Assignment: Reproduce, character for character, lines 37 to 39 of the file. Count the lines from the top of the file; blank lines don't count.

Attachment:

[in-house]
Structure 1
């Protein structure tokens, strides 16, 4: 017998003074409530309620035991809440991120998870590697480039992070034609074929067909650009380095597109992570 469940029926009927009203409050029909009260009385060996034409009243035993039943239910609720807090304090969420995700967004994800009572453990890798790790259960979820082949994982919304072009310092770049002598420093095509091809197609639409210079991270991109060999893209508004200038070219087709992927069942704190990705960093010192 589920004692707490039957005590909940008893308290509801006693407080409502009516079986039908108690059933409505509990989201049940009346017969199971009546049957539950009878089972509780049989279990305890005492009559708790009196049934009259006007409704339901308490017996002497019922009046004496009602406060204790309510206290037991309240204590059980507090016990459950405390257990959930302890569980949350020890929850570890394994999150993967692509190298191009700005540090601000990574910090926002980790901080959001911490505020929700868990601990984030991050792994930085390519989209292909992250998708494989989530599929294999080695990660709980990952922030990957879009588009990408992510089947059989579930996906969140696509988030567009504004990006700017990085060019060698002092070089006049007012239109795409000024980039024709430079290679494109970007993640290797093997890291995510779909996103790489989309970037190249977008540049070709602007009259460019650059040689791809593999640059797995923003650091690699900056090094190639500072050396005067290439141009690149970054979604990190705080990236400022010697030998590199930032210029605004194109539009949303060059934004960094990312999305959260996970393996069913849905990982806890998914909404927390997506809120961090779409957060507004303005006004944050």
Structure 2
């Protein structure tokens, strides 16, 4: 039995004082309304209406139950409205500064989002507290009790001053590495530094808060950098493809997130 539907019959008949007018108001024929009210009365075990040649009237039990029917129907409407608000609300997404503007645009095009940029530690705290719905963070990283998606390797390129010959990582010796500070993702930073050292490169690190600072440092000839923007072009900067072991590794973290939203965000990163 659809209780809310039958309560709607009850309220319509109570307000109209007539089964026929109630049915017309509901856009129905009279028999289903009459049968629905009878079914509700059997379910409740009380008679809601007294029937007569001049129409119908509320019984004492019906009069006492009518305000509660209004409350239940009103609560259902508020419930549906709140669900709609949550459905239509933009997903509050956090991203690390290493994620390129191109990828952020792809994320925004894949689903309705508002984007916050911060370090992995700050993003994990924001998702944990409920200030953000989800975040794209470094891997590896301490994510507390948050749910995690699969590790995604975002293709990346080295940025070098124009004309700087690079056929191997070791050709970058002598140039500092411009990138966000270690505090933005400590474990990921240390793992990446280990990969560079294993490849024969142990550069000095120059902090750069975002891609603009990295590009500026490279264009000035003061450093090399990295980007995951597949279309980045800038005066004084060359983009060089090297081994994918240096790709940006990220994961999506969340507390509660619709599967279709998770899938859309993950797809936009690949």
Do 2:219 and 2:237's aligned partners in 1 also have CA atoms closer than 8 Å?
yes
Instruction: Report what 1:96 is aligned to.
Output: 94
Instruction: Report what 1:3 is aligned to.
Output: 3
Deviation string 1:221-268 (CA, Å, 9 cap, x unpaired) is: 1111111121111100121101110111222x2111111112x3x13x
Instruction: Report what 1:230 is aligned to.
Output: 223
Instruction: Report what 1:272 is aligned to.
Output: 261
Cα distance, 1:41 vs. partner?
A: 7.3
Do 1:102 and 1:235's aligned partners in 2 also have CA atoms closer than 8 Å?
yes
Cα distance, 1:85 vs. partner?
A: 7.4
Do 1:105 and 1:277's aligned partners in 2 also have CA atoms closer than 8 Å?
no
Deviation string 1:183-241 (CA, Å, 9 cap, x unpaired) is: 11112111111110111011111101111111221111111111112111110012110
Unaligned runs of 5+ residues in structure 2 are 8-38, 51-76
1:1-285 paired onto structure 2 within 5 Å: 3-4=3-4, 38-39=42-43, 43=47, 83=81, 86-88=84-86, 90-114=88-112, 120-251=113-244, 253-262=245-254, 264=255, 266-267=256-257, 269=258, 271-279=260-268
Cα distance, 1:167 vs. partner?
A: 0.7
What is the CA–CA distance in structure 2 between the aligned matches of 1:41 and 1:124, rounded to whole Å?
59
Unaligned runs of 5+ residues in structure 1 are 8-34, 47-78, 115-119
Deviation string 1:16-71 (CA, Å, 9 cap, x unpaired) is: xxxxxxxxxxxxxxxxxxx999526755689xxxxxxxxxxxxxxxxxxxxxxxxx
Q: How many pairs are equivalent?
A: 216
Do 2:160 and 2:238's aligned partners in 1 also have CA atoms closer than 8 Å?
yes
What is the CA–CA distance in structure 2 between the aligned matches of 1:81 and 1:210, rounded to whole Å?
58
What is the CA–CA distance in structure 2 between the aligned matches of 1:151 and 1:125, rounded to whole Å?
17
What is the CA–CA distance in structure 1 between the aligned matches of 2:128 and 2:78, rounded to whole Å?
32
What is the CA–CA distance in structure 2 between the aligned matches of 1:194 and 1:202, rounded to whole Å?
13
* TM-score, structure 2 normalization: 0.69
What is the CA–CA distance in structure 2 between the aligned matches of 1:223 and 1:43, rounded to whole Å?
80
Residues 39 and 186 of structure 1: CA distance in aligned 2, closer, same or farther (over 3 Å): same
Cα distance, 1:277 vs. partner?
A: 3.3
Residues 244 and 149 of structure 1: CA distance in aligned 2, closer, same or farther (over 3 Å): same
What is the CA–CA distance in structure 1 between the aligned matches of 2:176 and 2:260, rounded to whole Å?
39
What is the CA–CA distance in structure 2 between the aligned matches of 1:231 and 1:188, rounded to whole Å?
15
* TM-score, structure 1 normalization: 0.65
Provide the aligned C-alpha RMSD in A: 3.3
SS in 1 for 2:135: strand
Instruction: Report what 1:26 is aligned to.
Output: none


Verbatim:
yes
What is the CA–CA distance in structure 2 between the aligned matches of 1:81 and 1:210, rounded to whole Å?
58